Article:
Friday, March 17, 2006

Signing Off

As you can probably tell, this blog had been pretty dead. As of yesterday I have completed the course requirements for my degree so there isn't much point in continuing with this anyway. I will leave the blog up since there is some useful information on APA style. Sorry it didn't turn into what I expected it to; it turns out that classes take up a lot more time than I expected.

Saturday, July 16, 2005

APA Style References

Here are some additional references mentioned by one fo my instructors, Dr. Janet Hopkins.

She also comments that "... when something in a document is yours, let your audience know: 'In my experience...,' 'Where I used to work, we did it this way...,' etc."

Monday, May 16, 2005

Community Part III: Live Chat Classes

Live chat is the "classroom" part of class. At CTU the instructor has an audio feed that the rest of the students can listen to and all participants (students and instructor) have text-chat capabilities. The client was created with Macromedia Flash and has some multimedia features like the whiteboard that allows the instructor to draw figures on the screen. Control can also be passed to one or more students so they can draw as well. All of the sessions are recorded so students that could not attend the live session can review the content later. I am not sure if the whiteboards are recorded or saved or anything since they don't get used very much and I usually attend class pretty well so I don't need to review the content much.

I mentioned in Part II that this would be a lot more fun. I was really trying to say that the Live Class Chats were pretty fun but even this is not entirely accurate since it depends a lot on the instructor. Naturally, if the professor has a dull monotone voice and reads from the textbook, things are not going to be very exciting. On the other hand, if he starts out the class by playing the classic "Let's get ready to RUUUMBLLLLLLEEE" audio clip then the chances are good that the class will be a blast.

In my opinion, the best instructors guide the discussion more than they dominate it. Obviously, Algebra is not a very controversial subject so there is not a lot of room for debate but topics like software development (including design and programming) and network engineering can certainly stir up some religious fervor. Good facilitators present ideas that the students can use as a springboard for further discussion and they ask questions that lead students to discuss together. During the discussion, the instructor may offer help if the group is stuck on something or may present an angle that the students did not think of on their own. There are times when even the greatest instructors have to lecture though but even they allow the students to interject different ideas or alternatives. Sometimes the student is wrong but that is all part of the learning process.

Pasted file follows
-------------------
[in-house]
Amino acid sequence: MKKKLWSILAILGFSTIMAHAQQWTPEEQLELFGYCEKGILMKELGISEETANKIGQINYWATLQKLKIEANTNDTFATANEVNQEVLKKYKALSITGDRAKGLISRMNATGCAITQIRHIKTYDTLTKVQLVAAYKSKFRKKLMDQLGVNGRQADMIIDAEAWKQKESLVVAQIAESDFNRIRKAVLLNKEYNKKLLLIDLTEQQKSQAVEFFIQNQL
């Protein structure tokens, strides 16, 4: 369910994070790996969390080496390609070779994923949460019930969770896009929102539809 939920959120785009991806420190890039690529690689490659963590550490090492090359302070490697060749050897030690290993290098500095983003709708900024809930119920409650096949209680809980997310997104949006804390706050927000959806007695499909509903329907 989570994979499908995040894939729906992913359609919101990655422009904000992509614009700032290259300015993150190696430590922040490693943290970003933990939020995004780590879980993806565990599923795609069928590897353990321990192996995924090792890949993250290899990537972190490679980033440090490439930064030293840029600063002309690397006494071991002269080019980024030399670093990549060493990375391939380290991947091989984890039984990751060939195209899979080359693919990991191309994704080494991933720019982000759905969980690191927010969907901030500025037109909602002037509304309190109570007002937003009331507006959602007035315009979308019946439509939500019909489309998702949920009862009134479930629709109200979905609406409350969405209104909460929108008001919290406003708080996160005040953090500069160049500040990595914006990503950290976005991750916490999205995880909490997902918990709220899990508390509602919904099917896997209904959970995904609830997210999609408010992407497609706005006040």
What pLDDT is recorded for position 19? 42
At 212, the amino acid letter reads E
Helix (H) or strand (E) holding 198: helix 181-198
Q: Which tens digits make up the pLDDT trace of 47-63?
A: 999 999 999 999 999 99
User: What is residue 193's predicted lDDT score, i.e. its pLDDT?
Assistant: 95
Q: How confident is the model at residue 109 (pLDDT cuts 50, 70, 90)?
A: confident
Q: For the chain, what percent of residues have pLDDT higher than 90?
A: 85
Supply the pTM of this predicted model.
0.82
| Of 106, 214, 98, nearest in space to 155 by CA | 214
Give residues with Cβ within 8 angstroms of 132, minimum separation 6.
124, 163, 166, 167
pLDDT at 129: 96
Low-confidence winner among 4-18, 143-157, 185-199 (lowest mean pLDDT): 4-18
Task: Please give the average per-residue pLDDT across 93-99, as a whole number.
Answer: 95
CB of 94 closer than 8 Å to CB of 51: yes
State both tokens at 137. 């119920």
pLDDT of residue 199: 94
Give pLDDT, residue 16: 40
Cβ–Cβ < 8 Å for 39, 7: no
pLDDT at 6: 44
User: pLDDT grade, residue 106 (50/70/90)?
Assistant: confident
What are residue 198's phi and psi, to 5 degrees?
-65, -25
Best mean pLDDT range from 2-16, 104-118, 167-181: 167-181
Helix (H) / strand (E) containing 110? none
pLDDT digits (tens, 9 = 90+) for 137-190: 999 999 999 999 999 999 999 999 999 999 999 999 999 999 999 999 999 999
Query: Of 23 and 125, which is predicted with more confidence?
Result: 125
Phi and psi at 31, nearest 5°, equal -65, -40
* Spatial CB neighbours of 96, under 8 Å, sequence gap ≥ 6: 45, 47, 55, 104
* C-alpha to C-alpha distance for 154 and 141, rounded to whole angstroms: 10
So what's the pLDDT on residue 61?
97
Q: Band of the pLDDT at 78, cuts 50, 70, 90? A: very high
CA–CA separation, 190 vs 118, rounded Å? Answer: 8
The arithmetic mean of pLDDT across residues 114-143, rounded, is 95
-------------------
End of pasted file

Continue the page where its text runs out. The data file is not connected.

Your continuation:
I have not had any really bad instructors and I hope it stays that way. There have been some that were a bit less than average though and I would like to discuss some traits that instructors need to have so that if any other online professors see this then they might learn from us.

Know Your Tools
Please learn how to use your equipment and the software tools. I have seen (well, heard) instructors that could not adjust their microphones so that certain noises caused blasts of static on the students' end. It wouldn't hurt to have tested the microphone and the audio settings and learn how to adjust it so that the static could be avoided and if the problem was with the hardware then it should have been replaced. (The static lasted about all session – six weeks!) I don't know if this was a training issue or something but there was another professor that seemed to have a lot of trouble using the chat tools. This teacher avoided the use of the whiteboard due to lack of knowledge about the controls.

Leverage Student Experience
Many students in the online environment are already working in a field related to the degree they are pursuing. I am a software developer and have been working professionally in software development for over ten years. The main reason I attend classes is to provide alternate viewpoints and help out other students that might be new to programming. If there are people attending the chats that really don't need to be, chances are they are there to help. Take advantage of this! One way to do this is to encourage us to contradict you. This spurs us to present different angles on the topic and can really get a good dialog going in the class. Another thing to do is to ask controversial questions in the class and let the students debate the issue. The more experienced students will take the lead at first but the others will join in pretty quickly. Students are more likely to ask useful questions of other students, their peers, rather than the instructor; if there is a good class-time debate then the instructor really has some material to work with towards guiding us in the right direction.
I am not trying to say that we should get together in the chat room and party like its IRC or something but if the students enjoy meeting they will show up more often and the entire learning experience will be better for it.